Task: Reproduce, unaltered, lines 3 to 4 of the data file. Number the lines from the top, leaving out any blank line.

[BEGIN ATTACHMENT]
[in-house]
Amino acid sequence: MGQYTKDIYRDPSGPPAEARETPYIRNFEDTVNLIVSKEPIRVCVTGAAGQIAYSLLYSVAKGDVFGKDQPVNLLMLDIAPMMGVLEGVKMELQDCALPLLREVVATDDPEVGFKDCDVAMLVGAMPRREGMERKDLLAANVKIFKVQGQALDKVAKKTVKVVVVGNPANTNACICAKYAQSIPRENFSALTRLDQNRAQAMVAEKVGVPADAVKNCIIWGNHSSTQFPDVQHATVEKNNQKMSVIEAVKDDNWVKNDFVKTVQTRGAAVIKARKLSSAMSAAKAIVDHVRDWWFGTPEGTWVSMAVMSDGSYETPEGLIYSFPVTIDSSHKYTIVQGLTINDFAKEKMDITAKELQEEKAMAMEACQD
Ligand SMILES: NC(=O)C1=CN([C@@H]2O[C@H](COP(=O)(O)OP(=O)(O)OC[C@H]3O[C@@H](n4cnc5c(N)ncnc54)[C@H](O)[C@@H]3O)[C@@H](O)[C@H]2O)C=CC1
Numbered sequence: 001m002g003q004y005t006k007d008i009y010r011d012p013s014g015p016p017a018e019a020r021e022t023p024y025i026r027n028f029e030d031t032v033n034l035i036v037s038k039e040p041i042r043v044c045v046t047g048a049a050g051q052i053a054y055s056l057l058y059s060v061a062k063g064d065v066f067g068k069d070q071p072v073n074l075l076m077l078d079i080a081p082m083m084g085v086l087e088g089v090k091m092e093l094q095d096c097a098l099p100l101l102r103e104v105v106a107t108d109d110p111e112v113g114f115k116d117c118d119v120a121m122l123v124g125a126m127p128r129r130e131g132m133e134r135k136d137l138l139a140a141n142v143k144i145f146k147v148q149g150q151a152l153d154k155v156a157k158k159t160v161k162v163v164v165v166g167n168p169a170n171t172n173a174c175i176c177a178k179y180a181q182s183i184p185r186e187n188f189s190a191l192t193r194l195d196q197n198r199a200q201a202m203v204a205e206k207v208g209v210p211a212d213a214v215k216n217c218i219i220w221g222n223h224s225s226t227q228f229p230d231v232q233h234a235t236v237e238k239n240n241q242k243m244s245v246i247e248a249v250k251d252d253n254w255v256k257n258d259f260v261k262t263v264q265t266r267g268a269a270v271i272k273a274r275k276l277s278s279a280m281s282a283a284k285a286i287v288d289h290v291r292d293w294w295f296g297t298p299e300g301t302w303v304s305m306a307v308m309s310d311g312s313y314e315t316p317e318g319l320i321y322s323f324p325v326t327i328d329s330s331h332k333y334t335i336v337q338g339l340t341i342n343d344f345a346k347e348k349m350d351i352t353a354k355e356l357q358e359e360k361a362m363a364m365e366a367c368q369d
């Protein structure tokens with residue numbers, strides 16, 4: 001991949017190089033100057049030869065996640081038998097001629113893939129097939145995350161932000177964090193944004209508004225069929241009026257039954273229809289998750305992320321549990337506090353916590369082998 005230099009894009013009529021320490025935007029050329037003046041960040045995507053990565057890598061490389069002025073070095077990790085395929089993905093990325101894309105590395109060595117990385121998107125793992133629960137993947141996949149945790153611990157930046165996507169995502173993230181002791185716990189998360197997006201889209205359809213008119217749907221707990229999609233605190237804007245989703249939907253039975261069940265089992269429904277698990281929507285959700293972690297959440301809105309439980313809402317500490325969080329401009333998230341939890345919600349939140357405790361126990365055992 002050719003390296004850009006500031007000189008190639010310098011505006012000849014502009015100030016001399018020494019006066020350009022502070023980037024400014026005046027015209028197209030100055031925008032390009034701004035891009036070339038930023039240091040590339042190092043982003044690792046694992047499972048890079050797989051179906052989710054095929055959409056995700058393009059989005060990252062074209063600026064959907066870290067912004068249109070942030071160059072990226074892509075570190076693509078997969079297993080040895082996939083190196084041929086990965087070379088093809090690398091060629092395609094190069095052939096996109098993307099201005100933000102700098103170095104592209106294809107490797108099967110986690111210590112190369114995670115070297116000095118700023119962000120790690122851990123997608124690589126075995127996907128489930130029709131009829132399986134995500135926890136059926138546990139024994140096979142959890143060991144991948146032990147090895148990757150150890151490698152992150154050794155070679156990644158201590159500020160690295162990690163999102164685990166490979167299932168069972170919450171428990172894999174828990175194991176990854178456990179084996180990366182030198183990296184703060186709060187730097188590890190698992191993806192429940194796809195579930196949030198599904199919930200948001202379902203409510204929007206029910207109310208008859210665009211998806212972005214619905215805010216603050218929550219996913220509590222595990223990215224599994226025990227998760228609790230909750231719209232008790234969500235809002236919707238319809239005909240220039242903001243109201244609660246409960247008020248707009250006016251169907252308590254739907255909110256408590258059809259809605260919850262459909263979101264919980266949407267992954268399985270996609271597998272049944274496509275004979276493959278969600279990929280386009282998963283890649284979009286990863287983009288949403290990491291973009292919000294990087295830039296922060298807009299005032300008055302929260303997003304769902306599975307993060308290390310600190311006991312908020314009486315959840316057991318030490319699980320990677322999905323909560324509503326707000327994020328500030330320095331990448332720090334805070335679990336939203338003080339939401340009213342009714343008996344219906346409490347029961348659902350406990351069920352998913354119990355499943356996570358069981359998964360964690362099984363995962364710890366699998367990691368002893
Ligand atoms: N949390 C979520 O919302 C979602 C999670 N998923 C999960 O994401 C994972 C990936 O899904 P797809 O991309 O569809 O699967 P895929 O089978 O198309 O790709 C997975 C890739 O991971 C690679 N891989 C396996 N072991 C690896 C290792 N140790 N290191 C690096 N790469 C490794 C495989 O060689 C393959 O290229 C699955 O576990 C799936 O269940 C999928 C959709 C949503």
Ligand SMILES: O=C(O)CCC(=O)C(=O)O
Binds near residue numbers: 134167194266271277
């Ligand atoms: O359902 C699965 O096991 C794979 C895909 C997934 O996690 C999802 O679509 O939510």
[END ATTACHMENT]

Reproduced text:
Ligand SMILES: NC(=O)C1=CN([C@@H]2O[C@H](COP(=O)(O)OP(=O)(O)OC[C@H]3O[C@@H](n4cnc5c(N)ncnc54)[C@H](O)[C@@H]3O)[C@@H](O)[C@H]2O)C=CC1
Numbered sequence: 001m002g003q004y005t006k007d008i009y010r011d012p013s014g015p016p017a018e019a020r021e022t023p024y025i026r027n028f029e030d031t032v033n034l035i036v037s038k039e040p041i042r043v044c045v046t047g048a049a050g051q052i053a054y055s056l057l058y059s060v061a062k063g064d065v066f067g068k069d070q071p072v073n074l075l076m077l078d079i080a081p082m083m084g085v086l087e088g089v090k091m092e093l094q095d096c097a098l099p100l101l102r103e104v105v106a107t108d109d110p111e112v113g114f115k116d117c118d119v120a121m122l123v124g125a126m127p128r129r130e131g132m133e134r135k136d137l138l139a140a141n142v143k144i145f146k147v148q149g150q151a152l153d154k155v156a157k158k159t160v161k162v163v164v165v166g167n168p169a170n171t172n173a174c175i176c177a178k179y180a181q182s183i184p185r186e187n188f189s190a191l192t193r194l195d196q197n198r199a200q201a202m203v204a205e206k207v208g209v210p211a212d213a214v215k216n217c218i219i220w221g222n223h224s225s226t227q228f229p230d231v232q233h234a235t236v237e238k239n240n241q242k243m244s245v246i247e248a249v250k251d252d253n254w255v256k257n258d259f260v261k262t263v264q265t266r267g268a269a270v271i272k273a274r275k276l277s278s279a280m281s282a283a284k285a286i287v288d289h290v291r292d293w294w295f296g297t298p299e300g301t302w303v304s305m306a307v308m309s310d311g312s313y314e315t316p317e318g319l320i321y322s323f324p325v326t327i328d329s330s331h332k333y334t335i336v337q338g339l340t341i342n343d344f345a346k347e348k349m350d351i352t353a354k355e356l357q358e359e360k361a362m363a364m365e366a367c368q369d